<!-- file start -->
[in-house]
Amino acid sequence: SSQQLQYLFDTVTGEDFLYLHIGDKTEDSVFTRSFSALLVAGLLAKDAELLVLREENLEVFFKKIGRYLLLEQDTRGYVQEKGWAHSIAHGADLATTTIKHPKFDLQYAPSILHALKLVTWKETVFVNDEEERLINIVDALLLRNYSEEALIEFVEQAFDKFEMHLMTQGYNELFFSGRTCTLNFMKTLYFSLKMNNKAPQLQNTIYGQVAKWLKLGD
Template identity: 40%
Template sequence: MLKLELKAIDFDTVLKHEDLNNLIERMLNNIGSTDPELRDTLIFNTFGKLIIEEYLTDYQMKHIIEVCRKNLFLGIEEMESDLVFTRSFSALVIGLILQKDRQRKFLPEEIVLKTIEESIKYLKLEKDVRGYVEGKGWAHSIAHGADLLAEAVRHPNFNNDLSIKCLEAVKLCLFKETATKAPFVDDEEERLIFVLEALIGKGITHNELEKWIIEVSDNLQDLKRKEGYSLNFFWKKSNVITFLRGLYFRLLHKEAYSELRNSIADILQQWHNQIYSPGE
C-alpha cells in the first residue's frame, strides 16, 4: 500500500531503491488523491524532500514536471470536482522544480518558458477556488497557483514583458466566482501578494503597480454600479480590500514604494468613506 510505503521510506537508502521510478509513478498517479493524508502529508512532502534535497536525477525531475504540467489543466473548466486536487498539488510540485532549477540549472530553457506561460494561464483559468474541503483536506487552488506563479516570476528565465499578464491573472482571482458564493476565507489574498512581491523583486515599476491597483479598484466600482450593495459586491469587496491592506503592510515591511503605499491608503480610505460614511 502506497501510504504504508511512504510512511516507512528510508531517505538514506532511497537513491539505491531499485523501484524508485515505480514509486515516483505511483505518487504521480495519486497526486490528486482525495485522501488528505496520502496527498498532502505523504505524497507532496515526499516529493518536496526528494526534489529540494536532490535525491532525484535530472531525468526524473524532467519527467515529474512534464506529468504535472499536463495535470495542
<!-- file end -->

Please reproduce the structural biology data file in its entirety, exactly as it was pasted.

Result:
[in-house]
Amino acid sequence: SSQQLQYLFDTVTGEDFLYLHIGDKTEDSVFTRSFSALLVAGLLAKDAELLVLREENLEVFFKKIGRYLLLEQDTRGYVQEKGWAHSIAHGADLATTTIKHPKFDLQYAPSILHALKLVTWKETVFVNDEEERLINIVDALLLRNYSEEALIEFVEQAFDKFEMHLMTQGYNELFFSGRTCTLNFMKTLYFSLKMNNKAPQLQNTIYGQVAKWLKLGD
Template identity: 40%
Template sequence: MLKLELKAIDFDTVLKHEDLNNLIERMLNNIGSTDPELRDTLIFNTFGKLIIEEYLTDYQMKHIIEVCRKNLFLGIEEMESDLVFTRSFSALVIGLILQKDRQRKFLPEEIVLKTIEESIKYLKLEKDVRGYVEGKGWAHSIAHGADLLAEAVRHPNFNNDLSIKCLEAVKLCLFKETATKAPFVDDEEERLIFVLEALIGKGITHNELEKWIIEVSDNLQDLKRKEGYSLNFFWKKSNVITFLRGLYFRLLHKEAYSELRNSIADILQQWHNQIYSPGE
C-alpha cells in the first residue's frame, strides 16, 4: 500500500531503491488523491524532500514536471470536482522544480518558458477556488497557483514583458466566482501578494503597480454600479480590500514604494468613506 510505503521510506537508502521510478509513478498517479493524508502529508512532502534535497536525477525531475504540467489543466473548466486536487498539488510540485532549477540549472530553457506561460494561464483559468474541503483536506487552488506563479516570476528565465499578464491573472482571482458564493476565507489574498512581491523583486515599476491597483479598484466600482450593495459586491469587496491592506503592510515591511503605499491608503480610505460614511 502506497501510504504504508511512504510512511516507512528510508531517505538514506532511497537513491539505491531499485523501484524508485515505480514509486515516483505511483505518487504521480495519486497526486490528486482525495485522501488528505496520502496527498498532502505523504505524497507532496515526499516529493518536496526528494526534489529540494536532490535525491532525484535530472531525468526524473524532467519527467515529474512534464506529468504535472499536463495535470495542